One of the quotes used in the introduction to a 2007 website essay on technological change was " . . . No development is inevitable." The quote was taken from the 1940s book The Road to Serfdom by economist Friedrich A.von Hayek. Hayek was an economist of the belief that "each step away from the market system and toward social reforms of the welfare state is inevitably a journey that must end in a totalitarian state with neither efficiency nor liberty." But when it comes to the longer term effect of student loans, how are we as a nation to know what is possible, probable - or even inevitable - if we know so little about those loans? . . .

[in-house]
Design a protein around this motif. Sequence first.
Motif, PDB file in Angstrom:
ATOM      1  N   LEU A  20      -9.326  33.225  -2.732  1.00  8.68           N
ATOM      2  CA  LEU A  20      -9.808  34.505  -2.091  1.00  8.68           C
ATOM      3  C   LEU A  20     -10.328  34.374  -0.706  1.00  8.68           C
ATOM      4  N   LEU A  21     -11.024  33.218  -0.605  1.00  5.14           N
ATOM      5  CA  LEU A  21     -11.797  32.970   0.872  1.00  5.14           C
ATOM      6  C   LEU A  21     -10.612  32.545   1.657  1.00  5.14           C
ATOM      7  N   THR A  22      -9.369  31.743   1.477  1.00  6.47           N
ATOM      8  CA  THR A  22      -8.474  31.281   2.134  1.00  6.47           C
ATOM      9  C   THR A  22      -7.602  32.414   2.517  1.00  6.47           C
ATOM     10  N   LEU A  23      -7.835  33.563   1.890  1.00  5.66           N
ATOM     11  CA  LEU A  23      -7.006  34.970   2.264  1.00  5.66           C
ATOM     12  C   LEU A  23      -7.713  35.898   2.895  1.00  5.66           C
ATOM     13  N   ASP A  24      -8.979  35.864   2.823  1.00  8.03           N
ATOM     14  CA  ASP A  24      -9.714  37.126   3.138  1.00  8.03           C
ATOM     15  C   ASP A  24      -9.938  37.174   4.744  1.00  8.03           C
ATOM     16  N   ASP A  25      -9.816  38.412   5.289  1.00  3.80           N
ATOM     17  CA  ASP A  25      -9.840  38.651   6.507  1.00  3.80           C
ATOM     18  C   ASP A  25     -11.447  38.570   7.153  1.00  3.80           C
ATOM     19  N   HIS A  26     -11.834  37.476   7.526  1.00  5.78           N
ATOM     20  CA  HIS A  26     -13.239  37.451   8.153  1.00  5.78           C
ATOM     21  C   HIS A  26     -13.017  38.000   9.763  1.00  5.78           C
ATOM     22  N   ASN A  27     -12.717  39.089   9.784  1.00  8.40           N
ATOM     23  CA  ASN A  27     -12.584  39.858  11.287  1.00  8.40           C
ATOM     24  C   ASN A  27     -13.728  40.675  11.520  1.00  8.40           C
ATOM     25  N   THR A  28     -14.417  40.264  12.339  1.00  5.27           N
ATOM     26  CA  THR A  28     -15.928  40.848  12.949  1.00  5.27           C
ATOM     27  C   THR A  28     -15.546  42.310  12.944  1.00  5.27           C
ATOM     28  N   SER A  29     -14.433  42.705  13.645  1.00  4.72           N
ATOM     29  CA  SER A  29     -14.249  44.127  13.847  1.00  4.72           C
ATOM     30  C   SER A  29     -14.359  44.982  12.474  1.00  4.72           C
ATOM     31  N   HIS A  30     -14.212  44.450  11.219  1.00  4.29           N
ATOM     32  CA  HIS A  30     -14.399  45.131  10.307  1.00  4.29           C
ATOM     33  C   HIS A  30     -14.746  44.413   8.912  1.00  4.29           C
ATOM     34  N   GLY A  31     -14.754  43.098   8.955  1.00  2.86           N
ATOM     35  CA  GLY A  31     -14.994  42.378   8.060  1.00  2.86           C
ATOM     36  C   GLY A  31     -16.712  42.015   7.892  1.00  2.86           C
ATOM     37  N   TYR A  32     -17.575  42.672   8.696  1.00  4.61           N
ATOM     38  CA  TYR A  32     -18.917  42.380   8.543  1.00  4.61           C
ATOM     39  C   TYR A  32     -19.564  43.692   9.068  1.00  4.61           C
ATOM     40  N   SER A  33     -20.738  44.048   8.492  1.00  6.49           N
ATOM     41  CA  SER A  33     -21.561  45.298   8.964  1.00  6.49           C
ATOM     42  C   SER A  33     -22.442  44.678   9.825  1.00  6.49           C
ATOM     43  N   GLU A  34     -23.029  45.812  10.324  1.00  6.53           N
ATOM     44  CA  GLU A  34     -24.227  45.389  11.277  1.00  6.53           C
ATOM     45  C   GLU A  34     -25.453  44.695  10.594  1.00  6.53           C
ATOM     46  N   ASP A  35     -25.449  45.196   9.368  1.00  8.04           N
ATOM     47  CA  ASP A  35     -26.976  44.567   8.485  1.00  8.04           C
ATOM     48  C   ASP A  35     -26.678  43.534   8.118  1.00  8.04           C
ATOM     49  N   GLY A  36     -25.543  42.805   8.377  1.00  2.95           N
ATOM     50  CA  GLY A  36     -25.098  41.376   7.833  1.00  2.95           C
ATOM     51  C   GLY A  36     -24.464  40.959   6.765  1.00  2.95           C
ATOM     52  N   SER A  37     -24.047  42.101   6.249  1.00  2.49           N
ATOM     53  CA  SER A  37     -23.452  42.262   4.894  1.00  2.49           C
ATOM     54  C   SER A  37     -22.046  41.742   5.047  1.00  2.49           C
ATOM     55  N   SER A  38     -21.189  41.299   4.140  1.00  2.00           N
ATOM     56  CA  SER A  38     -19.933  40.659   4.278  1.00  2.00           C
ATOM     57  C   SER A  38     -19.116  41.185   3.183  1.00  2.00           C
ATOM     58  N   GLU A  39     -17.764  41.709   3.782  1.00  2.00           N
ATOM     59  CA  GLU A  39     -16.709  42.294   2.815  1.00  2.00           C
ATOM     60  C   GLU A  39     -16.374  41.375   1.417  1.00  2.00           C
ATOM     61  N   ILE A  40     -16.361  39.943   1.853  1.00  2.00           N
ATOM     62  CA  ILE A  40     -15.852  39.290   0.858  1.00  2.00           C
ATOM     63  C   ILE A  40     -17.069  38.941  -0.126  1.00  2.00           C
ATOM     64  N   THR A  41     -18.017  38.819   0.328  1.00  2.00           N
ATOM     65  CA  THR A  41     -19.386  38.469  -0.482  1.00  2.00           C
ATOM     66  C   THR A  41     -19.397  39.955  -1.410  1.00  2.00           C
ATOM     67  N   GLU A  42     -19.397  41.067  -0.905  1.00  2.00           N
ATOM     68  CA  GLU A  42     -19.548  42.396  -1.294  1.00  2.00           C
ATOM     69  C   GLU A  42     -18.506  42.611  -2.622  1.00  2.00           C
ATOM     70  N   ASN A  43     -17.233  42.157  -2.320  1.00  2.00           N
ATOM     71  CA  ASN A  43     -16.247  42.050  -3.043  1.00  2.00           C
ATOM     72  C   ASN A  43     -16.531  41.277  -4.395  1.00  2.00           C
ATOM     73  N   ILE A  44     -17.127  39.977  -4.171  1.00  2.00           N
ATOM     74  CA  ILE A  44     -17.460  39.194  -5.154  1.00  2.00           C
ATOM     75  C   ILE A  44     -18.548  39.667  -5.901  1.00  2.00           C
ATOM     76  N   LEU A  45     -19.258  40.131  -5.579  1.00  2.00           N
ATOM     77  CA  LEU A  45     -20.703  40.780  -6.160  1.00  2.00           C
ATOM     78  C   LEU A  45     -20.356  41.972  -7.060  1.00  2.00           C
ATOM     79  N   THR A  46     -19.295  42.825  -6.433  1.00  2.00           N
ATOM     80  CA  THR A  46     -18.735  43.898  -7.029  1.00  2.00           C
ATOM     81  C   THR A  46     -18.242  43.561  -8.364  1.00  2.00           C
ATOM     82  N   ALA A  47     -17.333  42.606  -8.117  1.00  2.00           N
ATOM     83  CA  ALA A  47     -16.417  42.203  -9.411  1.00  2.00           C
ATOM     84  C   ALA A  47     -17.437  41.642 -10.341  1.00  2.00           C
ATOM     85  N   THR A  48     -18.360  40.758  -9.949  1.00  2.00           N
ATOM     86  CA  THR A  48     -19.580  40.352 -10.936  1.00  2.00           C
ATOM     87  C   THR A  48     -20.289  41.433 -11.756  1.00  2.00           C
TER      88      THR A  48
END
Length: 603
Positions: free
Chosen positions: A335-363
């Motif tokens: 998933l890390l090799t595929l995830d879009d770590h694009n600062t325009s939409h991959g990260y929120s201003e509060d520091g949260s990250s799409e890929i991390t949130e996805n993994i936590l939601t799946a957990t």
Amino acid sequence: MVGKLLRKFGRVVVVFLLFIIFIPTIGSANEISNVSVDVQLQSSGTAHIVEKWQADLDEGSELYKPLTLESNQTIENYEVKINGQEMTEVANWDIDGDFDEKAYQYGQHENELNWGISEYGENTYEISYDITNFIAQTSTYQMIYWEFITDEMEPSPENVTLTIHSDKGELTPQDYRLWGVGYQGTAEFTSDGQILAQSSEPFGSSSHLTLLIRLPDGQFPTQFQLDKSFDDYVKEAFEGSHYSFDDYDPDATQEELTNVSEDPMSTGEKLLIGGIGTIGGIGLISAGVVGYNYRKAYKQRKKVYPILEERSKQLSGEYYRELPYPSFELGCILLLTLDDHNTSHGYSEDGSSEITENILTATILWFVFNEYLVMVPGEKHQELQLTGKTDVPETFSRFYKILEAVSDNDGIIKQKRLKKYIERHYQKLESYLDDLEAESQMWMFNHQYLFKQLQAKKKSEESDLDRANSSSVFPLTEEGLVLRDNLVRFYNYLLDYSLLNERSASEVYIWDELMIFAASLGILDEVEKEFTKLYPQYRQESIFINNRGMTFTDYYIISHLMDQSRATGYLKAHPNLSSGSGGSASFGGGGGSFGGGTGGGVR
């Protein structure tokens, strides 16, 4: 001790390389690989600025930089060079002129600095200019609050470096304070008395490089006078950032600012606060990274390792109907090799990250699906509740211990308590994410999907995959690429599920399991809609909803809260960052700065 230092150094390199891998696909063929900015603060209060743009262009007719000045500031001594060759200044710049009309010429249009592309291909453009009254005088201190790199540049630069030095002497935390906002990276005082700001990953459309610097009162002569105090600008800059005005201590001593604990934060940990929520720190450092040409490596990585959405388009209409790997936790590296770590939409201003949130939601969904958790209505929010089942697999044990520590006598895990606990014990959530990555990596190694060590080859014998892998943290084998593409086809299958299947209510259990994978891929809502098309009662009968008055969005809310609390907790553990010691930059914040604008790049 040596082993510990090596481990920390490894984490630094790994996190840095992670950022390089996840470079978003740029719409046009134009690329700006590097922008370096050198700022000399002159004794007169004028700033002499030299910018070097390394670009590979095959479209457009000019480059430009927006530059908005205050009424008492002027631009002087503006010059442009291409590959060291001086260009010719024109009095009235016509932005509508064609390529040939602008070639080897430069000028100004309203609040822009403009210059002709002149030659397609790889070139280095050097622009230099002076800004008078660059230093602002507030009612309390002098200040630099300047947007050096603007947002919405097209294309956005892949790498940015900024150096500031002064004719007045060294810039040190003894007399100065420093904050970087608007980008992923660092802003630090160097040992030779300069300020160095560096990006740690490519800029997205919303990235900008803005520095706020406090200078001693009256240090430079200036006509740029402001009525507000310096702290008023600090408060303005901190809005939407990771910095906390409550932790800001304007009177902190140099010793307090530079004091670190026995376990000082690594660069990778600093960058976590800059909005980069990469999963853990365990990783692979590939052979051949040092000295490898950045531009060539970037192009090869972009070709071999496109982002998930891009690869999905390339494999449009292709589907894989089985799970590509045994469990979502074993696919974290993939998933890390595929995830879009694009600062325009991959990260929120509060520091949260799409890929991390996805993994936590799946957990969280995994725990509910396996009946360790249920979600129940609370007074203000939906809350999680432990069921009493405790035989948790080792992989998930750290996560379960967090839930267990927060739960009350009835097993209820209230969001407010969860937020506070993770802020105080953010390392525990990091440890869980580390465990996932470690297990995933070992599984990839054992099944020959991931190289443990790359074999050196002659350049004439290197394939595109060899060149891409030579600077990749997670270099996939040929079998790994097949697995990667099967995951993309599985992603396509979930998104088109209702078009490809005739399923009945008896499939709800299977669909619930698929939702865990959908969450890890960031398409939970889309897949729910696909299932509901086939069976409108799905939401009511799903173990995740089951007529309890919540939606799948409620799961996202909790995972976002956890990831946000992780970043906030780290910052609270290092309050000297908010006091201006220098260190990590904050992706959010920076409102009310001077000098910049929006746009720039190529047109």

To this excerpt I would add one note. Although several new options for repayment for students have been added in the last few years, student debt is the only debt not dismissable through regular bankruptcy proceedings. Everyone always hopes things will go well in their lives, but what happens if they don't? With one exception, once a person takes out a student loan it stays with that person for life until it is paid off. The story in "Ten Summers" recounts some of the most exasperating situations I personally encountered within the student loan system and how that led to the founding of the site. In addition to the many portions of the book for those long-time site fans who have visited for so many years, my hope is that my personal "anecdote" will lead to many others coming forward with their own stories as well. Possible final formats for publication are still being reviewed, and information will be posted here when the entire book becomes available to all. Thank you for taking the time to visit this page. Have a story to share about student loans or know someone who does? Send an e-mail to the site. If you don't want to include your full name, that's fine, but please include some type of contact information. Send the e-mail to: